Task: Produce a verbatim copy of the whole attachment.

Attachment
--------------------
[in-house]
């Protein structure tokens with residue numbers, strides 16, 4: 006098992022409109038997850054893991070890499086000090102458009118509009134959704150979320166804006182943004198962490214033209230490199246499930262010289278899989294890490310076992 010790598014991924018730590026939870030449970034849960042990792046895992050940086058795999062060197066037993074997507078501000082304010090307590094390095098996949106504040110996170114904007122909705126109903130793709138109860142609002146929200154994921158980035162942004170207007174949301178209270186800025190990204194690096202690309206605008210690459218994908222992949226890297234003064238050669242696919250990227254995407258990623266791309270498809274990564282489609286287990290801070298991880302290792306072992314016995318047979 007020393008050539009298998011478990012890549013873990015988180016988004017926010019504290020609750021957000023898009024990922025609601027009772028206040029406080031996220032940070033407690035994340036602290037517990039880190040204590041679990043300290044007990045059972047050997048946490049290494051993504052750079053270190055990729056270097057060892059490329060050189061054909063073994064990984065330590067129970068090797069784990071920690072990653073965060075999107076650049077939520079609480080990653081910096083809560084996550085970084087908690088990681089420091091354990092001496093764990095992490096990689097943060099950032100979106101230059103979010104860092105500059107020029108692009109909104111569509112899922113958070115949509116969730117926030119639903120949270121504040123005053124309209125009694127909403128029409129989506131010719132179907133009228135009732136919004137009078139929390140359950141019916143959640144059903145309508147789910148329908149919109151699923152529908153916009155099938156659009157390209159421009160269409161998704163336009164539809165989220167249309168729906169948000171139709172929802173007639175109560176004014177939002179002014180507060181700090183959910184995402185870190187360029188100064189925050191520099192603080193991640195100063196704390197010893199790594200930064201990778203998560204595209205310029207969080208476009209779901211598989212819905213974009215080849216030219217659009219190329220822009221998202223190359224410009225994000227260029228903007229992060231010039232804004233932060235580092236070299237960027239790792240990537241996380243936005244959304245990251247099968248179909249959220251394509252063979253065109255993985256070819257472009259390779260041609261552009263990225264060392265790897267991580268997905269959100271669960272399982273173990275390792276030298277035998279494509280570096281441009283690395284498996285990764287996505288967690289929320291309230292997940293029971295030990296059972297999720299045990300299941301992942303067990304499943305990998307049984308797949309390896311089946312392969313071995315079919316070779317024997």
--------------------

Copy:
[in-house]
């Protein structure tokens with residue numbers, strides 16, 4: 006098992022409109038997850054893991070890499086000090102458009118509009134959704150979320166804006182943004198962490214033209230490199246499930262010289278899989294890490310076992 010790598014991924018730590026939870030449970034849960042990792046895992050940086058795999062060197066037993074997507078501000082304010090307590094390095098996949106504040110996170114904007122909705126109903130793709138109860142609002146929200154994921158980035162942004170207007174949301178209270186800025190990204194690096202690309206605008210690459218994908222992949226890297234003064238050669242696919250990227254995407258990623266791309270498809274990564282489609286287990290801070298991880302290792306072992314016995318047979 007020393008050539009298998011478990012890549013873990015988180016988004017926010019504290020609750021957000023898009024990922025609601027009772028206040029406080031996220032940070033407690035994340036602290037517990039880190040204590041679990043300290044007990045059972047050997048946490049290494051993504052750079053270190055990729056270097057060892059490329060050189061054909063073994064990984065330590067129970068090797069784990071920690072990653073965060075999107076650049077939520079609480080990653081910096083809560084996550085970084087908690088990681089420091091354990092001496093764990095992490096990689097943060099950032100979106101230059103979010104860092105500059107020029108692009109909104111569509112899922113958070115949509116969730117926030119639903120949270121504040123005053124309209125009694127909403128029409129989506131010719132179907133009228135009732136919004137009078139929390140359950141019916143959640144059903145309508147789910148329908149919109151699923152529908153916009155099938156659009157390209159421009160269409161998704163336009164539809165989220167249309168729906169948000171139709172929802173007639175109560176004014177939002179002014180507060181700090183959910184995402185870190187360029188100064189925050191520099192603080193991640195100063196704390197010893199790594200930064201990778203998560204595209205310029207969080208476009209779901211598989212819905213974009215080849216030219217659009219190329220822009221998202223190359224410009225994000227260029228903007229992060231010039232804004233932060235580092236070299237960027239790792240990537241996380243936005244959304245990251247099968248179909249959220251394509252063979253065109255993985256070819257472009259390779260041609261552009263990225264060392265790897267991580268997905269959100271669960272399982273173990275390792276030298277035998279494509280570096281441009283690395284498996285990764287996505288967690289929320291309230292997940293029971295030990296059972297999720299045990300299941301992942303067990304499943305990998307049984308797949309390896311089946312392969313071995315079919316070779317024997």